- The Washington Times - Wednesday, December 2, 2015


So much for “containment.” Though the White House has a more positive narrative in mind about the terrorist threat, news is not promising in the third annual Global Terrorism Index, a new study ranking the impact of terrorism in 162 nations based on such indicators as the number of terrorist incidents, fatalities, injuries and property damage. The take-away message: “Terrorism is increasing, and it is spreading.”

Deaths from terrorism increased 80 percent last year; 32,658 people were killed by terrorism in 2014 compared to 18,111 the previous year, the study found. Boko Haram and the Islamic State were jointly responsible for 51 percent of the fatalities.

The economic toll of terrorism now stands at $52.9 million, up 61 percent from 2013, when it stood at $32.9 million. The number of countries with at least one or more deaths from terrorist activity has increased from 59 in 2013 to 67 in 2014. This includes Austria, Australia, Belgium, Canada and France. Despite this, just five countries — Afghanistan, Iraq, Nigeria, Pakistan and Syria — account for 78 percent of all deaths in 2014.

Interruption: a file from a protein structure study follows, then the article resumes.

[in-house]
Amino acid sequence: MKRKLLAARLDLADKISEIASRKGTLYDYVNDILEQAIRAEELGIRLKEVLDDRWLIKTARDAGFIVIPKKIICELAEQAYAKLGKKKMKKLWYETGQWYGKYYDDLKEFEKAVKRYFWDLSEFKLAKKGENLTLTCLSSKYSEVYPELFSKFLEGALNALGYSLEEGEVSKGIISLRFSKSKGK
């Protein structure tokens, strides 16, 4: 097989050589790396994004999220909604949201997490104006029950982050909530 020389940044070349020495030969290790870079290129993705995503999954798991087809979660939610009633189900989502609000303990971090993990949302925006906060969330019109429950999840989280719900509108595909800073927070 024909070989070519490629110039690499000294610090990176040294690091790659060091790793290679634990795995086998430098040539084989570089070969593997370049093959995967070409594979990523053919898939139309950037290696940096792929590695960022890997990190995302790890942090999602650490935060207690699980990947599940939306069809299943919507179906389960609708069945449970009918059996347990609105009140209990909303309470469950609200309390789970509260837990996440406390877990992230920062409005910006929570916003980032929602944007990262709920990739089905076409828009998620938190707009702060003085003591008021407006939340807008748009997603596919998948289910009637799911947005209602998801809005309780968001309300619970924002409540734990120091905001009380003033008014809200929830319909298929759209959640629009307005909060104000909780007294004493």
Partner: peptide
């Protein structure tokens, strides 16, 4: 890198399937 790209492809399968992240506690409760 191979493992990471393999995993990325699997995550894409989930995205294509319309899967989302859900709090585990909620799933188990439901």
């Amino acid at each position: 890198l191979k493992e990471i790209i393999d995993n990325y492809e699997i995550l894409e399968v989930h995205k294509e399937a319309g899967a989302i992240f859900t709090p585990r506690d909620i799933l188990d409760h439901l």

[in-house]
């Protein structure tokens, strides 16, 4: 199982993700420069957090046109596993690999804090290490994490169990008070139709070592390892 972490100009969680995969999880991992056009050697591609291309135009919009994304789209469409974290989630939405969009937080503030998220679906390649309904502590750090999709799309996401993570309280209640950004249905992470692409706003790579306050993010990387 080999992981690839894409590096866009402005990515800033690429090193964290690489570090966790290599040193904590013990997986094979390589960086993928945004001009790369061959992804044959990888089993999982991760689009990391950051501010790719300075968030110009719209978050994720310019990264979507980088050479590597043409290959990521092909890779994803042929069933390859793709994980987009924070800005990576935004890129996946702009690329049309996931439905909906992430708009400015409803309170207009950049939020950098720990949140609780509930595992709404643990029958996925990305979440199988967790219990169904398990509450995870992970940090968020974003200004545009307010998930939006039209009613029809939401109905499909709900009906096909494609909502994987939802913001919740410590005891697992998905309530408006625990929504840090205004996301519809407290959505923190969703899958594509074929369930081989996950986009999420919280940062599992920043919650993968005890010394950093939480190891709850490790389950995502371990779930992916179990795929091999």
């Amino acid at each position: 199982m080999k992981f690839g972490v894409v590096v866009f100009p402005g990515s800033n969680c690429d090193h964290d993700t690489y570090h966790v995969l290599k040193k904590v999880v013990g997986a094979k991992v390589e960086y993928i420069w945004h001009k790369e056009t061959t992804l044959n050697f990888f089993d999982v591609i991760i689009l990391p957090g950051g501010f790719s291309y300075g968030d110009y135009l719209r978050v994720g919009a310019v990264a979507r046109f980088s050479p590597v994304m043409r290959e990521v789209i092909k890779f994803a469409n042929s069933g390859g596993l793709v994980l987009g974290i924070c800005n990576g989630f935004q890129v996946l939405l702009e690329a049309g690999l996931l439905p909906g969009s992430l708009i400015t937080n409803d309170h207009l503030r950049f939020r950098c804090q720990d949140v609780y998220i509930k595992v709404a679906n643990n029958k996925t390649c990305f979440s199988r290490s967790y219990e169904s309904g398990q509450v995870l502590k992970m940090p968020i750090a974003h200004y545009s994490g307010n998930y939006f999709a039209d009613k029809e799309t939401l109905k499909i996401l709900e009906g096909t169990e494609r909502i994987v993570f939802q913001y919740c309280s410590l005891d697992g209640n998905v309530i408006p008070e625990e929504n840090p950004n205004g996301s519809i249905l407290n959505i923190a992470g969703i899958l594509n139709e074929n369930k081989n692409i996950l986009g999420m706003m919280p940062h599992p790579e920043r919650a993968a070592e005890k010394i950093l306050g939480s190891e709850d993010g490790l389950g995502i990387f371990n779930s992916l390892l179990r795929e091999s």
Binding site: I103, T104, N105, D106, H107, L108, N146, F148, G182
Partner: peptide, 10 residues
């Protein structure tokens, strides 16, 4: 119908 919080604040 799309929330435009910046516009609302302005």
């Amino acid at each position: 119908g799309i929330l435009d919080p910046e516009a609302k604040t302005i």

The majority of deaths from terrorism do not occur in the West, however: only 2.6 percent of deaths have occurred in the West since 2000. Lone-wolf attackers are the main perpetrators, causing 70 percent of all deaths in the West over the past decade.

The number of countries that suffered more than 500 deaths has more than doubled, increasing from five in 2013 to 11 in 2014. The new additions were Somalia, Ukraine, Yemen, Central African Republic, South Sudan and Cameroon.

The research was conducted by the Australian-based Institute for Economics and Peace, a think tank which also ranks the relative peacefulness of the world’s nations based on economic and sociological data. And in terms of its ranking on the Terrorism Index, the U.S. is at No. 35 among the 162 nations adversely affected by terrorism — behind Algeria, and just ahead of France.